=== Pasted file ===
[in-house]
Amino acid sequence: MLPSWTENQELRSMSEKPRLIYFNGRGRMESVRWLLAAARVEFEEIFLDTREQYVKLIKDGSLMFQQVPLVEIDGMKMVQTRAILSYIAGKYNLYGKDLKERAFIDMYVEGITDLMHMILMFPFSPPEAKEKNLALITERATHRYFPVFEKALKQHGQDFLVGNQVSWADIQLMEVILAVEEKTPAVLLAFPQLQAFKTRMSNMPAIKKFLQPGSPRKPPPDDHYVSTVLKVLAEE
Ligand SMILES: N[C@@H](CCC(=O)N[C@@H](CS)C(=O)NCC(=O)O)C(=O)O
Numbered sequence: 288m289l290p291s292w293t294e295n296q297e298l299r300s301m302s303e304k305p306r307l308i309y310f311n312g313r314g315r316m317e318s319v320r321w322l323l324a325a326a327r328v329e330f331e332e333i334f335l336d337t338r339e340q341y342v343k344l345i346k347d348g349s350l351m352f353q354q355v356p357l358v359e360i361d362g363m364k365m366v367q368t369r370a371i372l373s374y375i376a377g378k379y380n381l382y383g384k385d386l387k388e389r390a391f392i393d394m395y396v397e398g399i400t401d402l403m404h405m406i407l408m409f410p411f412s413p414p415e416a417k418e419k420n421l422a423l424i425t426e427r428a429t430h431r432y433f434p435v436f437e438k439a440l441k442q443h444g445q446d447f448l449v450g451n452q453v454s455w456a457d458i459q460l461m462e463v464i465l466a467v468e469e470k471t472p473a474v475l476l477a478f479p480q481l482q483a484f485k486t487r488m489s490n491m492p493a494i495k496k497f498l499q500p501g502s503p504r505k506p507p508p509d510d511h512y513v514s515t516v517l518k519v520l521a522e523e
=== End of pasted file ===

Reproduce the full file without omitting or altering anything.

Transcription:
[in-house]
Amino acid sequence: MLPSWTENQELRSMSEKPRLIYFNGRGRMESVRWLLAAARVEFEEIFLDTREQYVKLIKDGSLMFQQVPLVEIDGMKMVQTRAILSYIAGKYNLYGKDLKERAFIDMYVEGITDLMHMILMFPFSPPEAKEKNLALITERATHRYFPVFEKALKQHGQDFLVGNQVSWADIQLMEVILAVEEKTPAVLLAFPQLQAFKTRMSNMPAIKKFLQPGSPRKPPPDDHYVSTVLKVLAEE
Ligand SMILES: N[C@@H](CCC(=O)N[C@@H](CS)C(=O)NCC(=O)O)C(=O)O
Numbered sequence: 288m289l290p291s292w293t294e295n296q297e298l299r300s301m302s303e304k305p306r307l308i309y310f311n312g313r314g315r316m317e318s319v320r321w322l323l324a325a326a327r328v329e330f331e332e333i334f335l336d337t338r339e340q341y342v343k344l345i346k347d348g349s350l351m352f353q354q355v356p357l358v359e360i361d362g363m364k365m366v367q368t369r370a371i372l373s374y375i376a377g378k379y380n381l382y383g384k385d386l387k388e389r390a391f392i393d394m395y396v397e398g399i400t401d402l403m404h405m406i407l408m409f410p411f412s413p414p415e416a417k418e419k420n421l422a423l424i425t426e427r428a429t430h431r432y433f434p435v436f437e438k439a440l441k442q443h444g445q446d447f448l449v450g451n452q453v454s455w456a457d458i459q460l461m462e463v464i465l466a467v468e469e470k471t472p473a474v475l476l477a478f479p480q481l482q483a484f485k486t487r488m489s490n491m492p493a494i495k496k497f498l499q500p501g502s503p504r505k506p507p508p509d510d511h512y513v514s515t516v517l518k519v520l521a522e523e